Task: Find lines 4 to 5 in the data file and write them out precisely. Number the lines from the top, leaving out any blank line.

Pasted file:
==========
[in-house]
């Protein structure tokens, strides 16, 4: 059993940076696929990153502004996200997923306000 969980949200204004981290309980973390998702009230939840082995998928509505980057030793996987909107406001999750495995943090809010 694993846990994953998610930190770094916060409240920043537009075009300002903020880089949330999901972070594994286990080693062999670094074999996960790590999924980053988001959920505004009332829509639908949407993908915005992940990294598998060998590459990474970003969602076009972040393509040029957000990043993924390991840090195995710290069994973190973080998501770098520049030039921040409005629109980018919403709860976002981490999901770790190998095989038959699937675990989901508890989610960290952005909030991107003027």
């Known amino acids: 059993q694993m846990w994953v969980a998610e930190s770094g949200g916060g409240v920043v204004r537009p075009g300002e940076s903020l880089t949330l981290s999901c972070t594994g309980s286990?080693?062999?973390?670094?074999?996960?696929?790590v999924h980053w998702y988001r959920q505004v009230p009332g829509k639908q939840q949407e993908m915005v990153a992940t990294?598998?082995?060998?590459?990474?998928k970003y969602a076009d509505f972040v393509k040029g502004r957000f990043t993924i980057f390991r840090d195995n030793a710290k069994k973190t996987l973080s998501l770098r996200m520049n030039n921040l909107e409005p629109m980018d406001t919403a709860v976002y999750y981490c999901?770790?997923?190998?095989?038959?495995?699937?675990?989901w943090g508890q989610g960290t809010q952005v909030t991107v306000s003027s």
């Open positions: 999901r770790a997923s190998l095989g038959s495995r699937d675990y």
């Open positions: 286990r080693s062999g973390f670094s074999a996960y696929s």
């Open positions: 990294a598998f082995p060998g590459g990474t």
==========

């Open positions: 999901r770790a997923s190998l095989g038959s495995r699937d675990y």
């Open positions: 286990r080693s062999g973390f670094s074999a996960y696929s």